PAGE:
When Is The Best Time To Neuter A Male Dog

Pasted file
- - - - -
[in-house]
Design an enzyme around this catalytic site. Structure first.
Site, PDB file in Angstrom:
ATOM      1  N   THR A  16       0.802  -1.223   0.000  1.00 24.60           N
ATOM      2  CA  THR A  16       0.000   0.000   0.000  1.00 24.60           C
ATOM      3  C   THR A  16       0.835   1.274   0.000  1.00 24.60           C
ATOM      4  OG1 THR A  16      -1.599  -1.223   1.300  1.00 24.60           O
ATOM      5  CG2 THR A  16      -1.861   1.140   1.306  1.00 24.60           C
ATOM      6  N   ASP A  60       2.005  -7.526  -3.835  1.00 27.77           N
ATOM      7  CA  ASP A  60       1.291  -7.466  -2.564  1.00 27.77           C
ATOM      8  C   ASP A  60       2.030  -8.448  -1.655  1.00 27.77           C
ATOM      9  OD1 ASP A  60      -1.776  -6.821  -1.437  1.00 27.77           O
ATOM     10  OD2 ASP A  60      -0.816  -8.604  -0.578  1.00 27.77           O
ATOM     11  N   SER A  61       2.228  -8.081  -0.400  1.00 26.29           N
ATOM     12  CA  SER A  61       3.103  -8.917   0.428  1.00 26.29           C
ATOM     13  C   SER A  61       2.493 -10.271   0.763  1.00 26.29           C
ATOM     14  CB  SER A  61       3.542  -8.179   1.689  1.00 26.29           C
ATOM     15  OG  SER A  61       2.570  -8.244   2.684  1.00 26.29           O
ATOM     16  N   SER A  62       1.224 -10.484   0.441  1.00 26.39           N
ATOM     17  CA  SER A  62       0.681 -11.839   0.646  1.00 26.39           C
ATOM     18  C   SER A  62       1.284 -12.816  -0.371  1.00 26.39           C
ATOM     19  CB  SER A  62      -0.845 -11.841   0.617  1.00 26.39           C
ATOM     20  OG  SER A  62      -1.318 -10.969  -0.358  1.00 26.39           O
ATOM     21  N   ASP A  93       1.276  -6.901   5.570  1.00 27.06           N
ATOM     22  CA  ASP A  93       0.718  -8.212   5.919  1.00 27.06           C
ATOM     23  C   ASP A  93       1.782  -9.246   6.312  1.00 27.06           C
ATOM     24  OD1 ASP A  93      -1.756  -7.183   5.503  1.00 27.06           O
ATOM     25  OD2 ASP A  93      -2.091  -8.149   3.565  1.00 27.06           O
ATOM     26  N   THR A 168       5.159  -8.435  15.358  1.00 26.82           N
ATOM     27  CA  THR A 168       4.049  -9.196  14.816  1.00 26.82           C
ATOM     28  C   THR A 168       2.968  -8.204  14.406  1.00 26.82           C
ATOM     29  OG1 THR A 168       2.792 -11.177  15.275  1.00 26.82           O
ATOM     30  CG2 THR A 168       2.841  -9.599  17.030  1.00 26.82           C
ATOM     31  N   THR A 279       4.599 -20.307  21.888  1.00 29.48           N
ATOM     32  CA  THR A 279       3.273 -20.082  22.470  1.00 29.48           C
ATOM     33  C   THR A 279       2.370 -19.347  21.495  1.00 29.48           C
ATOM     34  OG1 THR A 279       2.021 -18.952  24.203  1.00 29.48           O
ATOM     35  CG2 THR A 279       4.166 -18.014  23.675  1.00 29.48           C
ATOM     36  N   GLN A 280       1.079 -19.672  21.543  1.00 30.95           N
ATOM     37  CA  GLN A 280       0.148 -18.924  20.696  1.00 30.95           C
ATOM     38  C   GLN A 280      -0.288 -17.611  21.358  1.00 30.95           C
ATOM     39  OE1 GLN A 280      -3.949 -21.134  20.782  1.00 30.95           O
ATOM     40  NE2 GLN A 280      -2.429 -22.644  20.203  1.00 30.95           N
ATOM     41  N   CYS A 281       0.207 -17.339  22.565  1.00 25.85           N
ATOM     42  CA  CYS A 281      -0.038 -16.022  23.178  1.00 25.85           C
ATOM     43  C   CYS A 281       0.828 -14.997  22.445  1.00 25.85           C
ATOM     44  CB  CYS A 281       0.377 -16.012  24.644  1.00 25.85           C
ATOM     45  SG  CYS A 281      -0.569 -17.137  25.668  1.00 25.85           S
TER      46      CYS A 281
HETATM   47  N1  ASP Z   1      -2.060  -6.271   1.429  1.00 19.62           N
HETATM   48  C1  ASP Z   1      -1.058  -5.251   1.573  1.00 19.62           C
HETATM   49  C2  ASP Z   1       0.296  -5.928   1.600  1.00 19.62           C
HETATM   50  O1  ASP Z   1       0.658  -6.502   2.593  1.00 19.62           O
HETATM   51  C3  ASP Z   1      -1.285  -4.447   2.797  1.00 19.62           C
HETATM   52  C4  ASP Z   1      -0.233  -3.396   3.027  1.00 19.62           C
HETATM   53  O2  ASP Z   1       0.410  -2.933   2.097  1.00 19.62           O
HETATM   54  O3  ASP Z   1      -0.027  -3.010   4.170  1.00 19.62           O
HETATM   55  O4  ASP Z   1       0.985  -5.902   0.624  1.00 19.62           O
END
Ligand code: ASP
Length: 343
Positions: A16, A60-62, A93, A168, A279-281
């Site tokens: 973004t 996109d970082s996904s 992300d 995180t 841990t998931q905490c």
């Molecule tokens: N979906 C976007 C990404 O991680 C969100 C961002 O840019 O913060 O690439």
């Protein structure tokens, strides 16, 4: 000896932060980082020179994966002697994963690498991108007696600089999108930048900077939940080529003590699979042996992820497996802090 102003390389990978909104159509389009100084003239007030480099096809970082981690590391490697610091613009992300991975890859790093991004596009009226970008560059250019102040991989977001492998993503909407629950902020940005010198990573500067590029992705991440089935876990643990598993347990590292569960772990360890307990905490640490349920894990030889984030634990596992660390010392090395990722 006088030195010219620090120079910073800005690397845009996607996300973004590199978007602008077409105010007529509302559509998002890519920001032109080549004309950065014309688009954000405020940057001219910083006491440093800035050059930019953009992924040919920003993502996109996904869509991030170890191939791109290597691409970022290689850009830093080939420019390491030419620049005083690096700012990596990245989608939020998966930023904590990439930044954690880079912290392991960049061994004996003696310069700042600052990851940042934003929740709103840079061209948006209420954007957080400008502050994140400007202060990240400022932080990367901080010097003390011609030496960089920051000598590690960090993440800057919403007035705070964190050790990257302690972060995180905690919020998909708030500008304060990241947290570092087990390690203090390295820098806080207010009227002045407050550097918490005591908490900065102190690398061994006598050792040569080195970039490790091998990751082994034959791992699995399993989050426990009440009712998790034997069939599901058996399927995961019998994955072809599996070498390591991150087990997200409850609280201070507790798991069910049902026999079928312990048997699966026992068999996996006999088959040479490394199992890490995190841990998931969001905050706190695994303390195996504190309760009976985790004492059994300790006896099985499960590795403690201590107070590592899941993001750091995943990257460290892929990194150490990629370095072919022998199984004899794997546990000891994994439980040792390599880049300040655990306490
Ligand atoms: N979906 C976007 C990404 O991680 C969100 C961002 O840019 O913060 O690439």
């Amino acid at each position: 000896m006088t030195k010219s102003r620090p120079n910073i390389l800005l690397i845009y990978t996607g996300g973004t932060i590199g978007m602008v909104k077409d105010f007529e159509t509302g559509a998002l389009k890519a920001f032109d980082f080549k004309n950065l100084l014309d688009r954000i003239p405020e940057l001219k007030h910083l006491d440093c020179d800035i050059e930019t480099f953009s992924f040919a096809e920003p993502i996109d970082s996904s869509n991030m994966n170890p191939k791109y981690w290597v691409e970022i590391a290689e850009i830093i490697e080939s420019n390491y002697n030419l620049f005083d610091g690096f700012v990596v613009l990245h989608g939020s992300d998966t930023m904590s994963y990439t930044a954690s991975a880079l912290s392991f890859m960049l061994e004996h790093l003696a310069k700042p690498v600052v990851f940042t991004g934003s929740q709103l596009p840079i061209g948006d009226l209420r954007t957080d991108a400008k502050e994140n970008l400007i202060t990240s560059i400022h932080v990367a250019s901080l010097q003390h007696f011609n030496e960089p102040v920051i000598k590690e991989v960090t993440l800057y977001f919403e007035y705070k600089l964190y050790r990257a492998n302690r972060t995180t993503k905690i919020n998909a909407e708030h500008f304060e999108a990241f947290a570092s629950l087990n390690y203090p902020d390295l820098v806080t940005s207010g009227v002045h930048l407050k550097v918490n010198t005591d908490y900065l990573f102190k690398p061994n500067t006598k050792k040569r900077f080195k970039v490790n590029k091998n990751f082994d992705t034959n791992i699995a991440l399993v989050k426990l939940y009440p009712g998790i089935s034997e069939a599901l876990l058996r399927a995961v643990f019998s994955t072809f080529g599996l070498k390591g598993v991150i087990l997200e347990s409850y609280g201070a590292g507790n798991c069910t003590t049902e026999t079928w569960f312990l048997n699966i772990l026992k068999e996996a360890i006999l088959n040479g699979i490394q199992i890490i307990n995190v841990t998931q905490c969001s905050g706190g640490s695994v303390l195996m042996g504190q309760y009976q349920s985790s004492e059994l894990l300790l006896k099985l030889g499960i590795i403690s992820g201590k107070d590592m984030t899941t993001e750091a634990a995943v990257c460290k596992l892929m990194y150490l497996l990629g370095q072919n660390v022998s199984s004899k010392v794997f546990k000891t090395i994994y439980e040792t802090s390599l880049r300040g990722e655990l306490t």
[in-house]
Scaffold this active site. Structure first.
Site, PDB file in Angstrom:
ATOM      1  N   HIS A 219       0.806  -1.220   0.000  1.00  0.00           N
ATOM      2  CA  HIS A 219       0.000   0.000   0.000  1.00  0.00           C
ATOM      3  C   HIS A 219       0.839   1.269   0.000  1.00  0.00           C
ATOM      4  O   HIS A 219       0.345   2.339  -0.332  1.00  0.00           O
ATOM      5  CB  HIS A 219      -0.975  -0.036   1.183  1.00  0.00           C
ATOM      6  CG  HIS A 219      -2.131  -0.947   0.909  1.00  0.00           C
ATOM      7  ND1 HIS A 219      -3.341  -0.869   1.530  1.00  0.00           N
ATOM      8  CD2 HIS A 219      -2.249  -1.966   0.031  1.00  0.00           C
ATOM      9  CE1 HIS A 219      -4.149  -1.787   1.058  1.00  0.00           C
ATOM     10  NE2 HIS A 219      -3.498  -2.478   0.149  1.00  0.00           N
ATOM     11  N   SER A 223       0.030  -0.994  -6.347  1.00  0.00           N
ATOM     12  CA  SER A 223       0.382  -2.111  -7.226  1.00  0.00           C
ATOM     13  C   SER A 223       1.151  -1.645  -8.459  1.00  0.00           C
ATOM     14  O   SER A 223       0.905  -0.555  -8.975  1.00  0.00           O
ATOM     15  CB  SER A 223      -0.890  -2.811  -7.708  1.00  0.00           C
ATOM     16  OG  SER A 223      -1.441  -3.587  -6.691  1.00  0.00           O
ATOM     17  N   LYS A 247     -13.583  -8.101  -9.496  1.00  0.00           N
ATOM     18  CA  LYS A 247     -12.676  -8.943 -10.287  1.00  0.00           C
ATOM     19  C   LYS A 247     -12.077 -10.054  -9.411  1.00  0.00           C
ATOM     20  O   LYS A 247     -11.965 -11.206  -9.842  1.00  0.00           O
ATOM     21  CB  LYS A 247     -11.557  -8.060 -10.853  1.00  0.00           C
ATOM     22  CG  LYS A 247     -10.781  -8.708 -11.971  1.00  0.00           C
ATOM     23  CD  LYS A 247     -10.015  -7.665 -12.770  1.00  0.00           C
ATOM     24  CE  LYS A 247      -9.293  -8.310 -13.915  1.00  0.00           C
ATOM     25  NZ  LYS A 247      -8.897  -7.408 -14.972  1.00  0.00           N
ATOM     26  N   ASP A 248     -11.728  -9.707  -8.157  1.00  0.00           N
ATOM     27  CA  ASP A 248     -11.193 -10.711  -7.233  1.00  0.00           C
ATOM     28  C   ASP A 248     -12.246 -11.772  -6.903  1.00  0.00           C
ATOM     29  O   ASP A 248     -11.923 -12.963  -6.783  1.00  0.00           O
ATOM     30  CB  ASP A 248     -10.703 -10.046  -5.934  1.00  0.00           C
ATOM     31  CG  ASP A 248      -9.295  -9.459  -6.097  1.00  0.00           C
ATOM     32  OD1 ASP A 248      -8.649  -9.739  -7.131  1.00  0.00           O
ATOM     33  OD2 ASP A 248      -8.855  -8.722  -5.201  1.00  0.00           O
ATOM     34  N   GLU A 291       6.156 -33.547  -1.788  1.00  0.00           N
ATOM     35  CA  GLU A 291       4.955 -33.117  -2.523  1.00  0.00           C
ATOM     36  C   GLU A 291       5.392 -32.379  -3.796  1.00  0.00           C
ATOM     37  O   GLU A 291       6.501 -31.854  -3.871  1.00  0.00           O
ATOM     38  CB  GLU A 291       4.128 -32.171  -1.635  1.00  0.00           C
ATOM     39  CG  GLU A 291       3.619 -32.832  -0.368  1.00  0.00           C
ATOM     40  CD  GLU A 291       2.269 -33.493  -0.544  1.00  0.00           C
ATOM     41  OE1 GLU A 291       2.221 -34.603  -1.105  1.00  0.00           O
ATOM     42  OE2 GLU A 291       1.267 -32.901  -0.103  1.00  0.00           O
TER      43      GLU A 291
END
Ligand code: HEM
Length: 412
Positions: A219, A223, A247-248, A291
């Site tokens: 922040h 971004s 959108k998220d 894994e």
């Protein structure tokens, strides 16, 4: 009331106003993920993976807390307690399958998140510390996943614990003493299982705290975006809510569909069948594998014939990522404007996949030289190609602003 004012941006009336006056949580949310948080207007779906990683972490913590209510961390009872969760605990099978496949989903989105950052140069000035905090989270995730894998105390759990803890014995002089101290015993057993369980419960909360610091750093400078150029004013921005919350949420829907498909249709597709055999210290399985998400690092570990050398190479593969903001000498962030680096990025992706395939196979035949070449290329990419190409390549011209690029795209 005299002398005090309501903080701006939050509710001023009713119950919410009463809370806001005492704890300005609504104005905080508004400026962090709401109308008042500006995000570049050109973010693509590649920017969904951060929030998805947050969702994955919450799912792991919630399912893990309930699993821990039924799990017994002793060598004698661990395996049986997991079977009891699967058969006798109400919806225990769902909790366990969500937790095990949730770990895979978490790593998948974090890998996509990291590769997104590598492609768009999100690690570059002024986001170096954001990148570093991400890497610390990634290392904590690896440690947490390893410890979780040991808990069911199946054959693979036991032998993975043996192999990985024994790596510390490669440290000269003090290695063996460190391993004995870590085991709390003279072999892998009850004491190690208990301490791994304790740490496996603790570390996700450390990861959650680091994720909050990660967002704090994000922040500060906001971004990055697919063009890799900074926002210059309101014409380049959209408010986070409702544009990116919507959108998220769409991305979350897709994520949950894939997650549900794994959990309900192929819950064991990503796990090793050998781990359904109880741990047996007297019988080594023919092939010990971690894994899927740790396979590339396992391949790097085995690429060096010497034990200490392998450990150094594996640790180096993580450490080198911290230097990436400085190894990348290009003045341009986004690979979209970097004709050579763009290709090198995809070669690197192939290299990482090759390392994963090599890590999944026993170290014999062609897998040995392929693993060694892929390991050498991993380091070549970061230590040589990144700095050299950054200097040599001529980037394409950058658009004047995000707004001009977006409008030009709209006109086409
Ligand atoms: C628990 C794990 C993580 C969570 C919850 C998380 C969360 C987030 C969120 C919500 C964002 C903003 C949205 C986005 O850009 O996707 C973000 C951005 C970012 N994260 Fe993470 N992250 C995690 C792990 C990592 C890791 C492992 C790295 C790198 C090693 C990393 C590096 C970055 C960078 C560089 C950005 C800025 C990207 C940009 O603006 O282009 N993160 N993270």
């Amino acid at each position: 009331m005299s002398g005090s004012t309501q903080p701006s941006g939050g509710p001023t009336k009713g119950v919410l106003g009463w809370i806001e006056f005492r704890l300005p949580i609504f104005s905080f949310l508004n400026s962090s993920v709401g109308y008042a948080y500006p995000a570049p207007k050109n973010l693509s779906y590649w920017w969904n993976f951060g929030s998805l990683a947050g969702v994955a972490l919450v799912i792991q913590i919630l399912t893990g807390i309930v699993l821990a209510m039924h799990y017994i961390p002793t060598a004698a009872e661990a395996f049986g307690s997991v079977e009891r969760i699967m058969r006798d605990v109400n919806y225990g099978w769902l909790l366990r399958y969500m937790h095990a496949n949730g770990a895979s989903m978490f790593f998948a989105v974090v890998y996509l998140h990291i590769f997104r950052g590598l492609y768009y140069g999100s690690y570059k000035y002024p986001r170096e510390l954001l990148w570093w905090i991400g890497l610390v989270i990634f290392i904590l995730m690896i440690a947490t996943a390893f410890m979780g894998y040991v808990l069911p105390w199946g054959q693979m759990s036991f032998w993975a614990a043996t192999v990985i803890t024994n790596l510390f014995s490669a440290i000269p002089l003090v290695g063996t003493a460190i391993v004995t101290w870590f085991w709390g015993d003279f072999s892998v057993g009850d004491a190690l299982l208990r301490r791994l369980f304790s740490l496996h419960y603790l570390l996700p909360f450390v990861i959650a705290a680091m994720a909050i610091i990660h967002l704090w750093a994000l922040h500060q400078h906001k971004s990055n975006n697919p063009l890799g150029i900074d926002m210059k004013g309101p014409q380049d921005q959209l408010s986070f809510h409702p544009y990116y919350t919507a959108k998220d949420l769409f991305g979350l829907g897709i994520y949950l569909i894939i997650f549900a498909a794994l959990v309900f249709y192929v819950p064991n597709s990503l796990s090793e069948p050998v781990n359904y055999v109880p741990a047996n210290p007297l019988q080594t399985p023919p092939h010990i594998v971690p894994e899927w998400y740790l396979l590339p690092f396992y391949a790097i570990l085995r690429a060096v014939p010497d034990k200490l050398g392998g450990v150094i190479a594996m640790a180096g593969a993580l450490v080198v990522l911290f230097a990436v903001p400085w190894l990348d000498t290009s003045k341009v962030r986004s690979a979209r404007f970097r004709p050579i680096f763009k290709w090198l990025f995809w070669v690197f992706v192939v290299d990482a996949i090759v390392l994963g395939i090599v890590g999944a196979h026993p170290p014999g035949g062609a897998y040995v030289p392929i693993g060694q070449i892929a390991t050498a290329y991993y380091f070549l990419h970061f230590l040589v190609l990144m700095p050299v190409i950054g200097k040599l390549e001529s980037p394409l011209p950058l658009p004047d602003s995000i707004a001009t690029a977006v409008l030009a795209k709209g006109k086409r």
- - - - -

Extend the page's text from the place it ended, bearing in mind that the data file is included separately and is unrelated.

Dr. Ian Dunbar Responds: Neutering a male dog is not an easy decision to make, and I understand why some people choose not to neuter their dogs until they are older, but in many cases it is necessary for the health of your pet. When veterinarians like myself perform surgery on pets such as cats and dogs (or other animals), we do so out of concern that these animals may be suffering from diseases that can be prevented by neutering. For example, testicular cancer has been found mainly in intact males; my own female cat sadly died last year from this horrible disease. It is also very common for long-term medical problems to develop in intact males due to abnormal development of reproductive organs or sperm production problems related to age when neutered early enough before prostate enlargement occurs with maturity—a condition called BPH (benign prostatic hyperplasia). Allowing a male dog or cat to mature without being castrated will often result in serious medical complications developing later in life such as arthritis and bladder stones. In addition, spaying prevents heat cycles which cause aggression between unneutered females during breeding season when estrogen levels rise dramatically resulting in overpopulation and unwanted litters produced by indiscriminate breeding. And lastly, surgical removal of the testes results in loss of testosterone production and hence libido and aggressiveness if left unchecked which can lead eventually into uncontrollable behavior including aggressive territorial marking urine spraying pottying urinating inappropriately sexualized